Kin and I stopped recording our weekly podcast over a year ago. I was in the middle of my Spencer Fellowship at Columbia’s J School, taking Sam Freedman’s infamous book writing seminar, and I just didn’t have time. I’d also grown so tired of the tech industry’s bullshit, so exhausted from listening to their bombastic promises (and then their empty apologies). Each week, each episode, I felt like I was repeating myself with some variation of “Facebook has done something terrible” or “Elon Musk said something ridiculous.” Again.
We’ve re-started the podcast. I know. I know. Everyone has a podcast. We’ve altered our format a little. We’ll record episodes every other week. Rather than just kvetch about the terribleness of the latest tech news, we are going to focus on some of the beliefs and stories that buttress the industry (and more broadly, a digital society). There’ll be some history. Some analysis. And some cussing. We’ll try to unwind some of these powerful narratives that many folks take on faith. Episode 79: “Software is Eating the World” (Or So Venture Capitalists Want You to Think. Next up: No, Technology Is Not Changing Faster Than It’s Ever Changed Before. Then: None of This Is Inevitable, No Matter What Gartner Tells You. Or something along those lines.
I am still trying to avoid as much of the (ed-) tech industry news as possible. But I did catch wind that Elon Musk is at it again, so just a few words on the latest from this techno-dystopian P. T. Barnum. On Tuesday night in an Internet livestream, he offered an update on his plans to connect people's brains to computers (and eventually, bring about human-to-human telepathy). He announced that Neurolink, a company in which he’s invested some $100 million, is ready to submit an application to the FDA and begin clinical trials on humans — hopefully next year, according to the marketing hoopla. The company, which has so far experimented on mice and monkeys, will seek volunteers — not “patients” as this seems to be much more a commercial endeavor than a therapeutic one — who’ll let Neurolink drill some holes in their skulls and insert threads into their brains which will pass data to an implant near their ear. I can’t really speak to the technology or the neuroscience — MIT Technology Review talked to others in the field about what problems Neurolink really has solved and whether this is actually a breakthrough (or just well funded PR). What caught my attention, no surprise, was the invocation of The Matrix and the claim that these sorts of computer-brain interfaces will be the future of learning. (I’ve written previously about this particular fantasy.) The company said that the surgery would be the kind of thing you’d “recommend to family and friends,” “basically an experience like getting Lasik” — a voluntary surgery that’ll cost you several thousand dollars. Even though Musk insists computer-brain implants won’t be mandatory, as he outlines his vision of the future, it seems they surely would be. Computer-enhanced human brains will be necessary in order for humans to keep up with artificial intelligence, he argues. You’ll need them for work; you’ll need them for play; you’ll need them to communicate. So, people will go into debt to obtain this cyborg enhancement, or they’ll be left out, left behind. “I think it’s safe to say you could repay the loan with superhuman intelligence,” Musk insists. “I think it’s a safe bet.”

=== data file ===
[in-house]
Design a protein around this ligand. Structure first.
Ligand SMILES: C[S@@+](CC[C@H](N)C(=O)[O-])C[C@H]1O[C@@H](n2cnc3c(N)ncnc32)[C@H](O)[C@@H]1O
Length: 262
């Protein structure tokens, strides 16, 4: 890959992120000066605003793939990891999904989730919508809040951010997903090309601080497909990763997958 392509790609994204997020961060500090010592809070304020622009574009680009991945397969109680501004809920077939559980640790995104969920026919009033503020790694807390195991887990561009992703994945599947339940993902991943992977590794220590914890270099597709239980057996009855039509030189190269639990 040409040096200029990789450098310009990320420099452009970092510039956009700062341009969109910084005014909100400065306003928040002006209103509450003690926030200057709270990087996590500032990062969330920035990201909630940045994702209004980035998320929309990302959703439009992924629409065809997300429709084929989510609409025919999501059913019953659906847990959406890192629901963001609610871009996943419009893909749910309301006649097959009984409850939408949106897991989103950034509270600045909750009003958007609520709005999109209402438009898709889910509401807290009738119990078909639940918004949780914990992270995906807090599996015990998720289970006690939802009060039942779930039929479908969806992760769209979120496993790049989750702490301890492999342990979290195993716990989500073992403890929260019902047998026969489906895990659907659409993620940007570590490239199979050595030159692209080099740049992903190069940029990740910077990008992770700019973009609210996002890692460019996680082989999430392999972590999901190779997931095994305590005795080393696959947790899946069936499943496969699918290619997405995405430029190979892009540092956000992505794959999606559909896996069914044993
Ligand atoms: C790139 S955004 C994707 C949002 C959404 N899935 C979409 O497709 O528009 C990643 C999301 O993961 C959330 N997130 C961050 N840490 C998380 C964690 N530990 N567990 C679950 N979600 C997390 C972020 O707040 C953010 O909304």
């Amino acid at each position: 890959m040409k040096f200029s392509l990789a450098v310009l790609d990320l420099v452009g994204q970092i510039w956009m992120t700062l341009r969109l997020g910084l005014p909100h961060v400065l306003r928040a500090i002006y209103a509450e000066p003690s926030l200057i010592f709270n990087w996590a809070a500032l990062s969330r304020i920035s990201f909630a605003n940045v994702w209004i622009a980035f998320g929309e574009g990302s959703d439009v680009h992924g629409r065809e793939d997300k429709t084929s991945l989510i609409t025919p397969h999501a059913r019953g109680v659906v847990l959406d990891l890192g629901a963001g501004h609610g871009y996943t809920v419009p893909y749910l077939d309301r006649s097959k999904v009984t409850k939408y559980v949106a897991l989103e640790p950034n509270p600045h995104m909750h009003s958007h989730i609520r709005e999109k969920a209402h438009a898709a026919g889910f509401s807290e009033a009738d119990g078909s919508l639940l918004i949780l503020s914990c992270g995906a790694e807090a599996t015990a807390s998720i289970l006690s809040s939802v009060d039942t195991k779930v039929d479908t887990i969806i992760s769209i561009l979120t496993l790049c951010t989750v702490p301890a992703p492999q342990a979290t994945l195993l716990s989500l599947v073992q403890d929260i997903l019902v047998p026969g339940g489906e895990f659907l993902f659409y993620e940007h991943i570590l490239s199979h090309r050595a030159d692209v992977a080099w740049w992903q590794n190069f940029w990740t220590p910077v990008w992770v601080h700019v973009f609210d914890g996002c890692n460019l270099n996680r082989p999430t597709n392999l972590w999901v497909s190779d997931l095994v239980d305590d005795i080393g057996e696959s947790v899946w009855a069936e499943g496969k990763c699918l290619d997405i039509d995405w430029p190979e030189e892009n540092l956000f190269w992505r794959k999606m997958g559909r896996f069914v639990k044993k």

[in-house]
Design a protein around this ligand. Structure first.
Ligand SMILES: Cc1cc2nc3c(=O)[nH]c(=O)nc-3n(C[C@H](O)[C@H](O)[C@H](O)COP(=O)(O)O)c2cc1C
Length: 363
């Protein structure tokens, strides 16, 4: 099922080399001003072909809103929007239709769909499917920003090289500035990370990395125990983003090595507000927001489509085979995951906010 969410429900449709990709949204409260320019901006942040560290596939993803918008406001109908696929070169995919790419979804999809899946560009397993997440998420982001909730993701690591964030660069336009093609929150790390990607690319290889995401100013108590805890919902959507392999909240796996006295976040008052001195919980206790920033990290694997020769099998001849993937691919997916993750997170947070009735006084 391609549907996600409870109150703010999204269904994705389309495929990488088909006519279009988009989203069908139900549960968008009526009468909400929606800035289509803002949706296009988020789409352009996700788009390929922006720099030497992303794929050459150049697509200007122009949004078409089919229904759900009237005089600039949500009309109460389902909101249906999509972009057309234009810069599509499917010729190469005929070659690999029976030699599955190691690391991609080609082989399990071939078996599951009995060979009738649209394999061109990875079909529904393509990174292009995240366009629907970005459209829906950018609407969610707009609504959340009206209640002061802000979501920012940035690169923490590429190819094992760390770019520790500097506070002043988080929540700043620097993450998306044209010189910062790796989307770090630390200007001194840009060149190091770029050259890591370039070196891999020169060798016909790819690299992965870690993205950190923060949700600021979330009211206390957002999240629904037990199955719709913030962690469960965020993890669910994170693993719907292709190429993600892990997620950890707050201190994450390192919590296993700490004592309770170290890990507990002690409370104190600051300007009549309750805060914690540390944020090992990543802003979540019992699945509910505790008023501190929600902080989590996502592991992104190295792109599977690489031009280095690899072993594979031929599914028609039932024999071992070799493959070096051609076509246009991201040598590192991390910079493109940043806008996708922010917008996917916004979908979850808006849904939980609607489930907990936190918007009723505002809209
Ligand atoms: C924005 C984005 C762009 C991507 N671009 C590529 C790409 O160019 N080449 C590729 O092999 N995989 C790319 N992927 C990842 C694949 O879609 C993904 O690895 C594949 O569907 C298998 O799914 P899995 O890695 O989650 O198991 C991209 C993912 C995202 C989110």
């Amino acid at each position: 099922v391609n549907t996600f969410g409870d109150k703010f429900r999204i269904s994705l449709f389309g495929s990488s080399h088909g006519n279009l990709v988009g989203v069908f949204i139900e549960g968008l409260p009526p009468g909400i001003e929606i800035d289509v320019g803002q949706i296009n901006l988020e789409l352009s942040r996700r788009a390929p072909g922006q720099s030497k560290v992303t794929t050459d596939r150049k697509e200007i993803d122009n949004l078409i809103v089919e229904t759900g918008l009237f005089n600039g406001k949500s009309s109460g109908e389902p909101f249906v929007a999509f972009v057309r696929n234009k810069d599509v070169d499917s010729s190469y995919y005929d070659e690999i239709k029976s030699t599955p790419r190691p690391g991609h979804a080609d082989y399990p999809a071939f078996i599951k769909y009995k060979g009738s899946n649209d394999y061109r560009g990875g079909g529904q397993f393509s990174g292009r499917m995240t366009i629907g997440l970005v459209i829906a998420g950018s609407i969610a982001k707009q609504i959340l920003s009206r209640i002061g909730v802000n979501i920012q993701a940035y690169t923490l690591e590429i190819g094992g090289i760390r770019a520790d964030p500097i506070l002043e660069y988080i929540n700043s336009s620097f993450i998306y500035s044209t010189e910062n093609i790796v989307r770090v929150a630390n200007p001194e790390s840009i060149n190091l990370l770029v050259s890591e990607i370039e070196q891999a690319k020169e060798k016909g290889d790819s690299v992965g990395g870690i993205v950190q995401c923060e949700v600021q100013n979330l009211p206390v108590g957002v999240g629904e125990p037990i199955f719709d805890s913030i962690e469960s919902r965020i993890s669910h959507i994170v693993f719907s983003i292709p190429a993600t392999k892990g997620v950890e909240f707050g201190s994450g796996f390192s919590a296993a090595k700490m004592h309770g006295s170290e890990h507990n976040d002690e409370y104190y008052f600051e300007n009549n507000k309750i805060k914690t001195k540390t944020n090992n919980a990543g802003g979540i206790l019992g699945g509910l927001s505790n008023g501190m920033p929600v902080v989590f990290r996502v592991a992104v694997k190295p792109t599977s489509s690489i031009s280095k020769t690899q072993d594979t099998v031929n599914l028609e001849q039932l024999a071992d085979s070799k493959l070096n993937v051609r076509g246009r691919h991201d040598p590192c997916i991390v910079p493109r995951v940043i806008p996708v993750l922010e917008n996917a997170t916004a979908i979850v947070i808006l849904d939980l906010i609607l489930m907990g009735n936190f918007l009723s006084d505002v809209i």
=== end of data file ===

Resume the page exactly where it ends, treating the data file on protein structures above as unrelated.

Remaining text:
Oh. Okay then.
Speaking of education technologies tested on primates in what I can only imagine as utterly terrifying scenarios...
I don’t have much to say about the 50th anniversary of the Apollo 11 mission (although I did like this article by Alexis Madrigal because it gets to the heart of one of those cliches about technology that folks repeat without ever questioning). Me, I guess I’m just not as fascinated by space exploration as some folks. I don’t care how cool the math was; I can’t help but think of the costs of imperialism. Hearing and reading all the recollections this week have made me think of Gil Scott Heron’s poem “Whitey on the Moon.” It also made me think about a newspaper clipping that stopped me dead in my tracks as I poured through the papers in B. F. Skinner’s archives: “Teaching Machine Tutored ‘Ham’ For 5000-Mile Ride in Rocket.” Because when I think about Ham, the first hominid in space, I think of this picture:
I’d like to write something more about this some day, I think. The horrors of Ham. The horrors of education technology and education psychology. (The only thing I know of that’s been written on Ham is The Right Stuff. Ugh.)
“Notre-Dame came far closer to collapsing than people knew. This is how it was saved.” Great journalism and visualizations from Elian Peltier, James Glanz, Mika Gröndahl, Weiyi Cai, Adam Nossiter and Liz Alderman
“Generous Worlds: Rethinking the Fate of the American University.” Ryan Boyd reviews Kathleen Fitzpatrick’s book Generous Thinking
Listening, not reading. Stephen Colbert and The Mountain Goats perform “This Year.”
This week’s pigeon is the Nicobar pigeon, the closest living relative of the dodo. (Image credits)
Yours in struggle,